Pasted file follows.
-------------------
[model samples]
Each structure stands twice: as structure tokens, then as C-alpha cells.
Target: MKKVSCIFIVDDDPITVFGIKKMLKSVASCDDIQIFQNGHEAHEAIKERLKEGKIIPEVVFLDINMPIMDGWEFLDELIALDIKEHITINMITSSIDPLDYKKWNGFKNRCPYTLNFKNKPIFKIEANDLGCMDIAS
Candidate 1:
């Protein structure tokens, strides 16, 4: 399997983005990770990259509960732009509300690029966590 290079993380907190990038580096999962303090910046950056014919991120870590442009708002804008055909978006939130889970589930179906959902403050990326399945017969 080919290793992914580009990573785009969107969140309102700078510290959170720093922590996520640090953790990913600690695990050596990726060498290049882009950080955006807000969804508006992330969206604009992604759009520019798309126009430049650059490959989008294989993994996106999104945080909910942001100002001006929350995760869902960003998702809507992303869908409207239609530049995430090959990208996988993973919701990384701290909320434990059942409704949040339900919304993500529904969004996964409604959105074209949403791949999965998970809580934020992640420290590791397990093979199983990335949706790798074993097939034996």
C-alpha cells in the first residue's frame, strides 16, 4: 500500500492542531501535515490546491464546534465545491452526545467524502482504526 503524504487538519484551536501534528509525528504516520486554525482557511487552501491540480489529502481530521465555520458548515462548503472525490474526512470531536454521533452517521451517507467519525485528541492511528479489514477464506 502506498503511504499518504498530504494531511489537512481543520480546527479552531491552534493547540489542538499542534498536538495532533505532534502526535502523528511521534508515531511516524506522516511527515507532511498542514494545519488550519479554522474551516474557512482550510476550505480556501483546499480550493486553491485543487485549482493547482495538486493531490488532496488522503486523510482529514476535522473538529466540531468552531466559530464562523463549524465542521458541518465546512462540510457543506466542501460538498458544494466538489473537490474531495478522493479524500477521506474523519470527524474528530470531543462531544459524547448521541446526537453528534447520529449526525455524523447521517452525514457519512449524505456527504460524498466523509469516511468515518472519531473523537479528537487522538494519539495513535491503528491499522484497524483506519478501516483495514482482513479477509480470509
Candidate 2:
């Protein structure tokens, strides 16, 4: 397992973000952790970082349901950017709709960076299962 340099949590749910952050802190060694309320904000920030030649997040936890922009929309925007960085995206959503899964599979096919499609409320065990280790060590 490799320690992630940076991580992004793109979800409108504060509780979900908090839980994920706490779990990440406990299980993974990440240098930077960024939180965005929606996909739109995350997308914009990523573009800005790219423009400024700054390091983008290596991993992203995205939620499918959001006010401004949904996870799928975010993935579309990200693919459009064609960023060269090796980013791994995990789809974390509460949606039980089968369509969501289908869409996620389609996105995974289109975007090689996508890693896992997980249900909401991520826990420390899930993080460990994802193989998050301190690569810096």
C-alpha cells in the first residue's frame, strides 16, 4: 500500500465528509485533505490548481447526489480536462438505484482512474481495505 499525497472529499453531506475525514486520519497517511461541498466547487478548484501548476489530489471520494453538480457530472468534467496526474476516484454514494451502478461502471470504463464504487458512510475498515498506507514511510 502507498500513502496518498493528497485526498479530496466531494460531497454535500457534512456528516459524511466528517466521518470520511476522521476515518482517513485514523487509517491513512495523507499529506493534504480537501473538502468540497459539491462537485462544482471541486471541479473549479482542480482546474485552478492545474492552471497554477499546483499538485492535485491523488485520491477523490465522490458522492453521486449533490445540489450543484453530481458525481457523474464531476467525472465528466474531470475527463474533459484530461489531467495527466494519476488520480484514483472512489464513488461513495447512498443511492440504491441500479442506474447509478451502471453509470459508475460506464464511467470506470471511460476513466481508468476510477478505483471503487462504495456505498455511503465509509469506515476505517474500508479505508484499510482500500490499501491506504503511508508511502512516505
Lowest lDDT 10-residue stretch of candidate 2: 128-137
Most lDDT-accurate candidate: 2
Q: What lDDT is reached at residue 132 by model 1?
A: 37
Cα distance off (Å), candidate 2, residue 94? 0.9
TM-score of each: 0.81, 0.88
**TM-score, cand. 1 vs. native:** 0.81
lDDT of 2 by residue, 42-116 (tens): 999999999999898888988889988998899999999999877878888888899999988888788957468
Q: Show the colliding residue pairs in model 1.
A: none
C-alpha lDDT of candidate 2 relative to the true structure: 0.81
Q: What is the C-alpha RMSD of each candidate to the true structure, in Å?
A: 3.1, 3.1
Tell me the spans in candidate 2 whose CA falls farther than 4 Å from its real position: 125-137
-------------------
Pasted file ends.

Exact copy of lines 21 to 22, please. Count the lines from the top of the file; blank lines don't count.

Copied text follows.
Q: What is the C-alpha RMSD of each candidate to the true structure, in Å?
A: 3.1, 3.1